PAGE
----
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Audio Interfaces: Becoming Voice Over

XLR microphones need an interface, and let me say right up front that I recommend the Focusrite Scarlett Solo 3rd Gen USB Audio Interface. I started with a different interface but I get a better sound with the Scarlett Solo, and it's easier to use! The interface is the thing that converts the analog signal to a digital signal so the computer understands it. XLR microphones are connected to the interface by an XLR cable, and the interface is connected to the computer by a cord that plugs into a USB port. You only need an interface if you use an XLR microphone, USB microphones connect directly to the computer via a USB cable and convert the signal without an interface. Voice actors typically use XLR mics. See my Microphones blog post for more information.

After deciding I did not like my sound on my Shure MV7 microphone using USB direct, I needed to figure out what interface to get so I could switch to XLR (the Shure MV7 has both USB and XLR capability). I purchased a ROLLS PM55P Personal Monitor Amp+ interface because it had all the right words in the description and it was priced somewhere in the middle. I struggled with this interface, mostly because of my own ignorance. For example, I didn’t realize it would need its own power source. I thought because it didn’t come with a power cord and because it was connected to the computer, that it drew power from there. It wasn’t until I was showing it to my daughter that she questioned whether it was getting power. It was not. It operates on either a battery or a power cord. A 9V battery and a PS27s power cord later, it was operational. This took longer for me to figure out than you would think because I was getting sound through my microphone, or so I thought. I was not. For a couple of months my sound was actually being captured by my laptop mic and I didn’t realize it.* So, all my earliest recordings, and all the sound to my Zoom classes, were actually captured by my laptop mic.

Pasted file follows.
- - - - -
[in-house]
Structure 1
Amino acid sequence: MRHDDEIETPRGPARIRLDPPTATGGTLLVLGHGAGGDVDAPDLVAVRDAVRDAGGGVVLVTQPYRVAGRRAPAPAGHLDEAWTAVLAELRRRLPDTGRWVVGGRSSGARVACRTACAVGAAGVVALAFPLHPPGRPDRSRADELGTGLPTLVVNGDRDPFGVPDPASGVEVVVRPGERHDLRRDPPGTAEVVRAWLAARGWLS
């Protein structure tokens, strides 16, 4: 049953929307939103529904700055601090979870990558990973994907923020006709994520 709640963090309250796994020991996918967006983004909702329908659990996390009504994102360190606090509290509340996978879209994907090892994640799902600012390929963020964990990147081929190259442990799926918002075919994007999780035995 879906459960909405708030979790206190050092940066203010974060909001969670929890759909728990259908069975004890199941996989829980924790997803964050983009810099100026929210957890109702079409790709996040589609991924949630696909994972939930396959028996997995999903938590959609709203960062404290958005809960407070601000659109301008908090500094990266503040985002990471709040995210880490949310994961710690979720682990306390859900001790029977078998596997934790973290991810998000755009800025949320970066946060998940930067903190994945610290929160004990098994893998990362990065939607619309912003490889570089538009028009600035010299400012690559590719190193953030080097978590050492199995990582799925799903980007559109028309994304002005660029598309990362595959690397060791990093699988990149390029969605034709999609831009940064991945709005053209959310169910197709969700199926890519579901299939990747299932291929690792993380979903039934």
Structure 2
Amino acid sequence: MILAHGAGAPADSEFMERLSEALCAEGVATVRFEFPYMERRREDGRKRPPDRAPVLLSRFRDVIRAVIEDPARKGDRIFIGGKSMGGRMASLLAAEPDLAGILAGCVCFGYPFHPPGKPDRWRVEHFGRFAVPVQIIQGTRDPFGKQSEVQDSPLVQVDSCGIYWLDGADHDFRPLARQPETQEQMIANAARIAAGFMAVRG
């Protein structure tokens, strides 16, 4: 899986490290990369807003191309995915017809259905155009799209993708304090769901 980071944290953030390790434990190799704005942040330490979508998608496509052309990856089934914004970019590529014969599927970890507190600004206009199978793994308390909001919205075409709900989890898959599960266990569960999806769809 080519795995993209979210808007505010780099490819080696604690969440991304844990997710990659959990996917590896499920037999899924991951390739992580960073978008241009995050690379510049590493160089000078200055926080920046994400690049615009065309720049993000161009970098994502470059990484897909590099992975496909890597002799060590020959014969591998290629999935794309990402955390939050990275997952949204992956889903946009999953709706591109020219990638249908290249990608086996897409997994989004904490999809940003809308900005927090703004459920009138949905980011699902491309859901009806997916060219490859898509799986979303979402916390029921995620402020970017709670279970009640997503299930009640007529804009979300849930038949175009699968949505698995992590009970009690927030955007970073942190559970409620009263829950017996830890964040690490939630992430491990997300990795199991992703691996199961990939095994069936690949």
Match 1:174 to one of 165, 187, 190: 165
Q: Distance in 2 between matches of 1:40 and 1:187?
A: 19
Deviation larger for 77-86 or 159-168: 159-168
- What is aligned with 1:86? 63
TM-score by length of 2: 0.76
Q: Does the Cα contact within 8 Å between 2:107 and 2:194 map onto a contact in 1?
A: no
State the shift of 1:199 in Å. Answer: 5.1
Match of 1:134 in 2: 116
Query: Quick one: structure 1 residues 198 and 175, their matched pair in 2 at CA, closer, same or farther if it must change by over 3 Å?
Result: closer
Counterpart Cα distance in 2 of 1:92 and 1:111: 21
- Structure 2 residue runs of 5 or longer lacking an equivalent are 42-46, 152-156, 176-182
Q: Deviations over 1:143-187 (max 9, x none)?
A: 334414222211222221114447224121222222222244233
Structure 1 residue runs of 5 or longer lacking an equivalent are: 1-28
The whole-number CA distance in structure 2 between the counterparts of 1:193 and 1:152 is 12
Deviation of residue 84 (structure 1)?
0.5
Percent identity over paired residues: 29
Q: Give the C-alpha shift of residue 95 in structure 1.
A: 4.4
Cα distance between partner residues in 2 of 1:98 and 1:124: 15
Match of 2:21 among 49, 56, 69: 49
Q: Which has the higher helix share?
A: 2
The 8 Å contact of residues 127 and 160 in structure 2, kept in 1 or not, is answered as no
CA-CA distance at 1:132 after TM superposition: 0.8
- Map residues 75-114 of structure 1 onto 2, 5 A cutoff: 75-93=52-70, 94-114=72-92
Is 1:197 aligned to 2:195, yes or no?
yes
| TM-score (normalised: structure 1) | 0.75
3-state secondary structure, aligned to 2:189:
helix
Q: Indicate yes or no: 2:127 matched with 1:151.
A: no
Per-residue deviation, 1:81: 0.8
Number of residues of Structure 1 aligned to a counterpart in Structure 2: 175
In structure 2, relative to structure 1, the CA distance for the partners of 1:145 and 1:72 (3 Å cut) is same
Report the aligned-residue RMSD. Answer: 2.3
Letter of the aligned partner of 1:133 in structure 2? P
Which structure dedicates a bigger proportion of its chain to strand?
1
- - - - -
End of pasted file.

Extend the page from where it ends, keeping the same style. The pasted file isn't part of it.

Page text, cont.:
When I decided to try a different interface I chose the Scarlett Solo because, by now, I had been interacting with VO professionals for several months, and so many of them of them recommended using a Scarlett Solo. I got it, attached it to my mic with the XLR cable, attached it to my computer with the included USB cable, followed the instructions for downloading the software, and watched the tutorials.** I was not only up and running in about an hour, but I had my gain set correctly and my sound was great! Looking back to my sound struggles on my ROLLS I find myself wondering if, because I didn’t know what I was doing, I just didn’t have the gain set correctly. Perhaps one day I will reconnect it and see if experience has taught me a thing or two about getting the sound right or if the Scarlett Solo just creates a better sound. By the way, did I mention, I LOVE my Scarlett Solo!

*TIP: There is a simple way to know what is recording your voice, as well as what you are listening through. I’m on a Mac, but I assume an HP works similarly. When you go to the menu bar and click on the apple (at the far upper left corner) there is a line called system preferences which opens to give you the option to select Sound. When you click on Sound, a box opens and there are Output and Input buttons at the top. Click on Output and you’ll see a list of ways to hear your sound. I like to listen on headphones through my interface, so I select the name of the interface (sometimes it just comes up as “USB Audio Device” depending on your interface). Click on Input and you will see another list of the ways to capture your voice. Here you select your microphone (again, sometimes it just comes up as “USB Audio Device” depending on your interface). You can switch back to the speakers and microphone on your computer by doing the same thing, but selecting them.

TIP: The various apps that use sound all have a preferences line where you can choose your input and output. Again, in the menu bar at the top of the screen click on the app name (next to the apple symbol) and you’ll get a preferences option. Select it and then select your input and output.

TIP: Don’t listen to yourself through your computer’s speakers while you are recording on your mic. The mic will pick up you, AND you again as your voice comes through your speakers. This creates a terrible sound.

**TIP: Make sure your 48v phantom power button is turned on or your interface and microphone won't connect to each other.

**TIP: To hear yourself through your headphones while you record, plug the headphones into the headphone jack and engage the Direct Monitor button. This lets you hear yourself without any lag.

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